Breastfeeding: It’s not so great and what’s in it for moms?

services4With all the talk that "breast is best", I'd like to present a different perspective. Breastfeeding is not special, it is normal. Humans are mammals and in mammals, after pregnancy comes lactation. There is nothing special about that, it's just the natural state of affairs. It is true that breastfed babies have health benefits over formula fed babies but really it's the artificial non-breast milk feeding that puts babies at risk. Realizing that breastfeeding is normal and not special helps put things in perspective and helps moms make the right choices for themselves and their babies.

Breast milk is sometimes called "Baby's First Immunization". However, breast milk is not a magic bullet and cannot protect babies from every ailment that comes along. Before formula was invented, breastfed babies still died of natural illnesses. Breast milk is not superhuman. Do not forego modern medicine because breast milk cannot do everything. Breast milk might be baby's first immunization but it should not be baby's last. Breast milk cannot prevent polio, tetanus, measles or other vaccine preventable illnesses.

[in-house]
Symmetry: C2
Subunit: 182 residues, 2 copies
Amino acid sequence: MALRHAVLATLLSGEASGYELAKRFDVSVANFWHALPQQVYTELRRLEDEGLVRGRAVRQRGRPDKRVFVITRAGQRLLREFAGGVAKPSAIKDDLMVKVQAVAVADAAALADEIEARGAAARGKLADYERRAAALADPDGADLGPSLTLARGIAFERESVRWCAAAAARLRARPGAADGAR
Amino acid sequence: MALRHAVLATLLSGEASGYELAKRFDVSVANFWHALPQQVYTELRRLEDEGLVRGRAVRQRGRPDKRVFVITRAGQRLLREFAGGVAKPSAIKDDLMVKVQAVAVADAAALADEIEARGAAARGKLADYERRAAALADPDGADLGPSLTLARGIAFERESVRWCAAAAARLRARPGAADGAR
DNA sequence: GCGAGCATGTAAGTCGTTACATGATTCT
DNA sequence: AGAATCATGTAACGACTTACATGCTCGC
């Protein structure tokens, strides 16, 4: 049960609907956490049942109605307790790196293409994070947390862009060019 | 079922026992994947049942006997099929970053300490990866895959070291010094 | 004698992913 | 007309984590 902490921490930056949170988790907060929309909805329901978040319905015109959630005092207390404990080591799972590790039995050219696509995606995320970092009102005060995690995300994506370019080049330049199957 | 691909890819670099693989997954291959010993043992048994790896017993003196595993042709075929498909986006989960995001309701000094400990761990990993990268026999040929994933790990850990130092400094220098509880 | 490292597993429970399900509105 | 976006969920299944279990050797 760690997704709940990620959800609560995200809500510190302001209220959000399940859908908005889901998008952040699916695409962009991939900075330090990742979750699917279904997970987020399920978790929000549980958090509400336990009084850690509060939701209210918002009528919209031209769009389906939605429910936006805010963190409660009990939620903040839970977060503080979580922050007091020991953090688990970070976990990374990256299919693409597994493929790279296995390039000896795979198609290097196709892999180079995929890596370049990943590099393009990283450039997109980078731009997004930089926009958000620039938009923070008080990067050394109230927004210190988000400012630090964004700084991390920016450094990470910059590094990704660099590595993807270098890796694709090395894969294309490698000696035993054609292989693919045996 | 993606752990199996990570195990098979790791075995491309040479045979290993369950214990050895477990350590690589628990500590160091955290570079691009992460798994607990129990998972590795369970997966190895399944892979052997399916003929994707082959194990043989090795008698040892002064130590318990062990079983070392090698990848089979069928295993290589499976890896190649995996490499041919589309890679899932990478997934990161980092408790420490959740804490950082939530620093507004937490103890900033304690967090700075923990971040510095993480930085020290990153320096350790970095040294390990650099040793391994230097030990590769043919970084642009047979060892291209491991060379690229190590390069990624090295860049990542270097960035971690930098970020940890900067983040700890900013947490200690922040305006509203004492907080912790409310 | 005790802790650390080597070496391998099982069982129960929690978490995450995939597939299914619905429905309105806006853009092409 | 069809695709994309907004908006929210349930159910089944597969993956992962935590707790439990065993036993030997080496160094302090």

Breast milk might be baby's first immunization but it should not be baby's last.

Now let's shift our attention to moms. There is always so much focus on the health of babies and breastfeeding but what about moms? After pregnancy, a woman's body is EXPECTED to lactate. Again, this is nature for all mammals and is part of the physiologic process that helps reset the female body after giving birth. In a sense, if you turn off lactation, you are not allowing the body to "reset" and you are putting it at risk.

Women who do not lactate are at increased risk of obesity, heart disease, hypertension and diabetes.

While breastfeeding is always a personal choice it is important for women and their doctors to fully appreciate the health implications of skipping lactation after pregnancy. Women who lactate are protecting their bodies from chronic illnesses that plague the health care system. Women who choose not to lactate are putting their bodies at risk for all those same chronic illnesses. For doctors and the health industry and from a public health perspective, supporting the natural process of lactation is akin to discussing healthy diet, exercise and smoking cessation.

So take breast milk and lactation off the pedestal and give them the place they deserve. They are normal and expected parts of life. They should be supported to succeed because interrupting breastfeeding and lactation results in health risks for both women and children.

Written By: Dr. Shaer

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